The open market price of water from an ATM ranges between Sh60 – Sh200 for a 20L jerrican and is suitable for drinking and cooking as opposed to Sh575- Sh650 for similar amount that is bottled and packaged.
This challenge impeded access to clean, safe and affordable water to the majority poor, who are discriminated against their ability to buy or afford treated water.
Majority of borehole water supplies are known to be salty with high levels of minerals, including fluoride, which has potential long-term effects on the health of users. This water must be treated before it is sold in bulk in areas such as Pipeline, Utawala, Kitengela and Rongai to people who depend on the same for cooking.
At this age and time, we shouldn’t allow any Kenyan to drink untreated water, the kind that even makes the teeth to rust. We cannot condemn our people, especially children, to the shame of having rusty looking teeth, which could be or can be avoided.
The fact that it is the single-use plastic that is an environmental nuisance, if not well managed, we should tax plastic either at the point of entry or push the tax to be collected upfront at the bottle manufacturer. In fact, this would be the best and easiest model in terms of tax administration. There being less than 30 bottle manufacturers as opposed to 2,000 plus water bottlers, we will have won in terms of managing illicit and reducing the plastic foot print.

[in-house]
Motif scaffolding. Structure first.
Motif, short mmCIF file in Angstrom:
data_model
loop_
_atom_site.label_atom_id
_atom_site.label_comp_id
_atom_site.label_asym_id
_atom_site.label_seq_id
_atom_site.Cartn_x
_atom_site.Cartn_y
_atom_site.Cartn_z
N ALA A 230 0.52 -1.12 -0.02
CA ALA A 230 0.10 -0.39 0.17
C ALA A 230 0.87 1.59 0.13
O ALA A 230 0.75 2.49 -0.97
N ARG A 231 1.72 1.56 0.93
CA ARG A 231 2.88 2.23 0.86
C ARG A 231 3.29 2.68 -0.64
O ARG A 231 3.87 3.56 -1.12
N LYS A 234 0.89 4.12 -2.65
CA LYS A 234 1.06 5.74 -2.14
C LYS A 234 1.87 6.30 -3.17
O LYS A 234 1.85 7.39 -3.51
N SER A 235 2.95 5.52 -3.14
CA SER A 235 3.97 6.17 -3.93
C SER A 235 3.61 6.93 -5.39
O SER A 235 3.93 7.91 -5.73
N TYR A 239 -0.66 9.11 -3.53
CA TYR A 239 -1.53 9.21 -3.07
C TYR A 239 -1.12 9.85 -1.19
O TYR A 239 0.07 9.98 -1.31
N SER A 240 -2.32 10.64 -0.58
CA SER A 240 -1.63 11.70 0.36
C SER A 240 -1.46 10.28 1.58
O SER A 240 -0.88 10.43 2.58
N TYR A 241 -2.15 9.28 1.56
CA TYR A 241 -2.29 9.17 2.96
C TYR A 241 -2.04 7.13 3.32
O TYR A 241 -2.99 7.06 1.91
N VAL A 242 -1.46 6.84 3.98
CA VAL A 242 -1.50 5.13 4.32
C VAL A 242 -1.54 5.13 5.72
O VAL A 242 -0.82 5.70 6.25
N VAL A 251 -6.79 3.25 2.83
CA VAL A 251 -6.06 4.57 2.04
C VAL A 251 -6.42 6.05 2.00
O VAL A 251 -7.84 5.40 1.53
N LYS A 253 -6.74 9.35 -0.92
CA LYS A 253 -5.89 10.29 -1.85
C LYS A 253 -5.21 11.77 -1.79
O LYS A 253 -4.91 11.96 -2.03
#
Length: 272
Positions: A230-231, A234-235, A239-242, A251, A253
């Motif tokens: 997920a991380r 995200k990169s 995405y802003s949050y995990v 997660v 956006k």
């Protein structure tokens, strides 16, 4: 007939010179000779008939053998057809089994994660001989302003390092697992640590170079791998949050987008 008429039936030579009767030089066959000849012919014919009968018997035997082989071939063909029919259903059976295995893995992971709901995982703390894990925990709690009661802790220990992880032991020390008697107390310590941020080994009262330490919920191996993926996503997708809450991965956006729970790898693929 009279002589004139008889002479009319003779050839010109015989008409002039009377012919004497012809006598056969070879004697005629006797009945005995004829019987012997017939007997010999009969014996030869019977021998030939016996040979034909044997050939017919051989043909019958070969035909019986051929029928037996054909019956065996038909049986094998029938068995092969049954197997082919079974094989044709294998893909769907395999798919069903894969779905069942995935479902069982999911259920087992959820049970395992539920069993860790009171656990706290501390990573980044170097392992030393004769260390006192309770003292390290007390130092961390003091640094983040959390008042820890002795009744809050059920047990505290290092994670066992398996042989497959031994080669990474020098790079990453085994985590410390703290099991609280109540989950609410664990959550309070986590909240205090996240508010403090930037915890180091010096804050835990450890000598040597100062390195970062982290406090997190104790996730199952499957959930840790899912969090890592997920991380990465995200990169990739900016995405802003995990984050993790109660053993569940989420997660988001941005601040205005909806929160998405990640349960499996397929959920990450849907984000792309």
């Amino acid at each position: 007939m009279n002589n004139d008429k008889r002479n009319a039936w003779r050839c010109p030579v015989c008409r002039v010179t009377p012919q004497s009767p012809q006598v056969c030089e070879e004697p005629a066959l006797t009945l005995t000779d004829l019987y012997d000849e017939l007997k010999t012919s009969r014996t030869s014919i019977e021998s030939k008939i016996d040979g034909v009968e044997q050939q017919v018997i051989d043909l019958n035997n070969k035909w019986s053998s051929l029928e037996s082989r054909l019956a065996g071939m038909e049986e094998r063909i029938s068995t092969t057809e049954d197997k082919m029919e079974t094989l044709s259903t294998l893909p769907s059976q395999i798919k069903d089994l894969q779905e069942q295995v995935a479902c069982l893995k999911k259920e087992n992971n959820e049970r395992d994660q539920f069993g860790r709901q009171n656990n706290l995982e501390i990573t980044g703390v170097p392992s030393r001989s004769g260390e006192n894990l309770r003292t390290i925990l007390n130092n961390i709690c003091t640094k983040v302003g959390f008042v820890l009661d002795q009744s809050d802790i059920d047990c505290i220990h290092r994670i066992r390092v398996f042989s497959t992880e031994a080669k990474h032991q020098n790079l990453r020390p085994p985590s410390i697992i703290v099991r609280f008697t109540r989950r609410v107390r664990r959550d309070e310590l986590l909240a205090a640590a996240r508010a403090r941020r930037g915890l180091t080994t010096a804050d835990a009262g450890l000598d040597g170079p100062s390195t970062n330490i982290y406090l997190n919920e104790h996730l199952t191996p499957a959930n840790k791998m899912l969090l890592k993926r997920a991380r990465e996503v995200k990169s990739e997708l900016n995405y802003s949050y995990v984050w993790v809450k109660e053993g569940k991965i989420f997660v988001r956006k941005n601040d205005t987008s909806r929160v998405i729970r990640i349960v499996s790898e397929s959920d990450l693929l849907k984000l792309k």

Apart from killing the bottled water industry, the stamps which were meant to weed out the illicit has given them an upper hand. They control 60-70 per cent of the market. Unfortunately, an average consumer cannot tell the difference and the need for the stamps. They think it is just for cosmetic purposes to crown the cap of the bottle.
The industry needs very serious reviews and if the policymakers would involve all players in the industry, we would get somewhere. Not only in terms of collection and expansion of the tax base but also the growth of SMES and large corporations.
There are about 5,000 ATMs in the country employing three people each. The sector has the potential to scale to100,000 ATMs, which would create 300,000 direct jobs and support a significant no of people.
Through the WASH-FIN [Water, Sanitation, and Hygiene Finance], a lot of money, in excess of $10 billion, is available for borrowing to invest in water and sanitation but the industry is afraid to take it up due to investment unfriendly policies currently ruling the water sector.
WASH Fin is a fund available to promoting access to safe water, household water treatment options and water safety plans, which identify water quality threats in community water systems and water utilities, while implementing solutions to those threats.
The market is huge enough to accommodate everyone. There is not one entity that can manage to produce and distribute 54 million litres per day.
Henry Kabogo, chairman and founder member of Water Bottlers Association of Kenya